There have been concerns regarding regulations for bodies exhibits in general. Reporting from Dalian, China for the NYTimes, David Barboza described "a ghastly new underground mini-industry" with "little government oversight, an abundance of cheap medical school labor and easy access to cadavers and organs." There have also been legal process problems with these displays. State Anatomical boards normally oversee the handling of bodies for medical purposes and have objected to the lack of oversight for bodies for public display. Dr. Todd Olson, director of the Anatomical Committee of the New York Associated Medical Schools (NYAMS), suggests that without state or federal laws “you have no documentation of who this is”. In addition, there are claims that the exhibit of bodies for commercial profit has reduced the donations of bodies for medical learning. The Director of North Carolina State Board of Funeral Services, Paul Harris, stated "Somebody at some level of government ought to be able to look at a death certificate, a statement from an embalmer, donation documents," Harris said. "That's a reasonable standard to apply."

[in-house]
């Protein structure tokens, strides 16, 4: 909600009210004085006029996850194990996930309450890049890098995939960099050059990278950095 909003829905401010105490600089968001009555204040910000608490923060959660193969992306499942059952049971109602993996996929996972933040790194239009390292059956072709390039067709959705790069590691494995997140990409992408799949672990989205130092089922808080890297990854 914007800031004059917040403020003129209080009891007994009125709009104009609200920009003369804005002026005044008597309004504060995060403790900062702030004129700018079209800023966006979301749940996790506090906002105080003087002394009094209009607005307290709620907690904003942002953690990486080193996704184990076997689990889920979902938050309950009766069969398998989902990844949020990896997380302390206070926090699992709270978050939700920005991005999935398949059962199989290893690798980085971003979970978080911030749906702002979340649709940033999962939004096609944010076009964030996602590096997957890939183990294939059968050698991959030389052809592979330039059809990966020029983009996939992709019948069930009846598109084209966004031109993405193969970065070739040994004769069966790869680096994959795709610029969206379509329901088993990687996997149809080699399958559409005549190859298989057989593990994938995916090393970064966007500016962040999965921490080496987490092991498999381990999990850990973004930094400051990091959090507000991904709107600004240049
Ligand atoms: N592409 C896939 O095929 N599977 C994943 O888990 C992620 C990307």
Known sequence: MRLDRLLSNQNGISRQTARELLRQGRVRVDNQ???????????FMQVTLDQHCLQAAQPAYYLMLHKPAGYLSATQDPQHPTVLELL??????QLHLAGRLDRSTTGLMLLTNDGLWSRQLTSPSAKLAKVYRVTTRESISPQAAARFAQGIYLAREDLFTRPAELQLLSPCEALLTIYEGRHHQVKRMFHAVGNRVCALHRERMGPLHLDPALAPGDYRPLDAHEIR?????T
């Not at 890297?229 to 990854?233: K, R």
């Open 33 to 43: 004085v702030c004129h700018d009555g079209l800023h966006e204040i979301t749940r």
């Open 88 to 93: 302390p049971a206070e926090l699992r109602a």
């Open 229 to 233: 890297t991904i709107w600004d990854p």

International Trade experts object to the way bodies-for-commercial-display are imported because the way their categorization codes, as "art collections" don't require CDC stamps and death certificates that are required for medical cadavers.

In an ethical analysis, Thomas Hibbs, Distinguished Professor of Ethics and Culture at Baylor University, compares cadaver displays to pornography in that they reduce the subject to “the manipulation of body parts stripped of any larger human significance.”